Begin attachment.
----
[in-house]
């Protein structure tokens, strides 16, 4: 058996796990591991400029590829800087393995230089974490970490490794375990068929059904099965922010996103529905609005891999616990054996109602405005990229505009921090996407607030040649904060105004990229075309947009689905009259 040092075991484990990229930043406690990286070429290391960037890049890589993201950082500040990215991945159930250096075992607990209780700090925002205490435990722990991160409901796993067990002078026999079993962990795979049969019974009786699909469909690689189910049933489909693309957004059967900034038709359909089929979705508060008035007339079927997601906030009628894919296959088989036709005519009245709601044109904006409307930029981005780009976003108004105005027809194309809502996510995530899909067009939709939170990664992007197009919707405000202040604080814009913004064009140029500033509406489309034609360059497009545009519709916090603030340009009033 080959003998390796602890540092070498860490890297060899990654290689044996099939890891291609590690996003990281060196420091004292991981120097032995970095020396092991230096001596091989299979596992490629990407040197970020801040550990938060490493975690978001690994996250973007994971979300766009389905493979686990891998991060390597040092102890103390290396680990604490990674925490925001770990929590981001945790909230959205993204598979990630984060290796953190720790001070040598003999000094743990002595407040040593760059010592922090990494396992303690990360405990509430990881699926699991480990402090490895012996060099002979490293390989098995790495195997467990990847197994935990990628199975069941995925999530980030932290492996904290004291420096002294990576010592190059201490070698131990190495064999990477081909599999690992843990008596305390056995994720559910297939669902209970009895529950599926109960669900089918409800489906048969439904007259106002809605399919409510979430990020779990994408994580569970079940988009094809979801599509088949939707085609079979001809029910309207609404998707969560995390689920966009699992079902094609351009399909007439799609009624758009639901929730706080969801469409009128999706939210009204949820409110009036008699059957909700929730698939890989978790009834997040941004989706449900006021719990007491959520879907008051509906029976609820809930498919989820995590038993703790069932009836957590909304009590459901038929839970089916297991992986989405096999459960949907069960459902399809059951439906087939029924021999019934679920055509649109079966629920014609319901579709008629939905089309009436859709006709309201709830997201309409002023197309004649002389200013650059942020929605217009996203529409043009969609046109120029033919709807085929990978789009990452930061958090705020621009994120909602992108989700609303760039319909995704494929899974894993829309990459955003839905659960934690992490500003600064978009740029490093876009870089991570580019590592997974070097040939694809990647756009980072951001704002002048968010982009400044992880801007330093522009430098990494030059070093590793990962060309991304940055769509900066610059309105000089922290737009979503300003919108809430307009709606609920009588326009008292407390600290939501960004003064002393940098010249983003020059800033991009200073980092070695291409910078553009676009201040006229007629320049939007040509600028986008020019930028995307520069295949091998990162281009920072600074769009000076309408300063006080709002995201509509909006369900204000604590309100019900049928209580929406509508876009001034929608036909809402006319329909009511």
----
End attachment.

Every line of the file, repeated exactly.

[in-house]
């Protein structure tokens, strides 16, 4: 058996796990591991400029590829800087393995230089974490970490490794375990068929059904099965922010996103529905609005891999616990054996109602405005990229505009921090996407607030040649904060105004990229075309947009689905009259 040092075991484990990229930043406690990286070429290391960037890049890589993201950082500040990215991945159930250096075992607990209780700090925002205490435990722990991160409901796993067990002078026999079993962990795979049969019974009786699909469909690689189910049933489909693309957004059967900034038709359909089929979705508060008035007339079927997601906030009628894919296959088989036709005519009245709601044109904006409307930029981005780009976003108004105005027809194309809502996510995530899909067009939709939170990664992007197009919707405000202040604080814009913004064009140029500033509406489309034609360059497009545009519709916090603030340009009033 080959003998390796602890540092070498860490890297060899990654290689044996099939890891291609590690996003990281060196420091004292991981120097032995970095020396092991230096001596091989299979596992490629990407040197970020801040550990938060490493975690978001690994996250973007994971979300766009389905493979686990891998991060390597040092102890103390290396680990604490990674925490925001770990929590981001945790909230959205993204598979990630984060290796953190720790001070040598003999000094743990002595407040040593760059010592922090990494396992303690990360405990509430990881699926699991480990402090490895012996060099002979490293390989098995790495195997467990990847197994935990990628199975069941995925999530980030932290492996904290004291420096002294990576010592190059201490070698131990190495064999990477081909599999690992843990008596305390056995994720559910297939669902209970009895529950599926109960669900089918409800489906048969439904007259106002809605399919409510979430990020779990994408994580569970079940988009094809979801599509088949939707085609079979001809029910309207609404998707969560995390689920966009699992079902094609351009399909007439799609009624758009639901929730706080969801469409009128999706939210009204949820409110009036008699059957909700929730698939890989978790009834997040941004989706449900006021719990007491959520879907008051509906029976609820809930498919989820995590038993703790069932009836957590909304009590459901038929839970089916297991992986989405096999459960949907069960459902399809059951439906087939029924021999019934679920055509649109079966629920014609319901579709008629939905089309009436859709006709309201709830997201309409002023197309004649002389200013650059942020929605217009996203529409043009969609046109120029033919709807085929990978789009990452930061958090705020621009994120909602992108989700609303760039319909995704494929899974894993829309990459955003839905659960934690992490500003600064978009740029490093876009870089991570580019590592997974070097040939694809990647756009980072951001704002002048968010982009400044992880801007330093522009430098990494030059070093590793990962060309991304940055769509900066610059309105000089922290737009979503300003919108809430307009709606609920009588326009008292407390600290939501960004003064002393940098010249983003020059800033991009200073980092070695291409910078553009676009201040006229007629320049939007040509600028986008020019930028995307520069295949091998990162281009920072600074769009000076309408300063006080709002995201509509909006369900204000604590309100019900049928209580929406509508876009001034929608036909809402006319329909009511």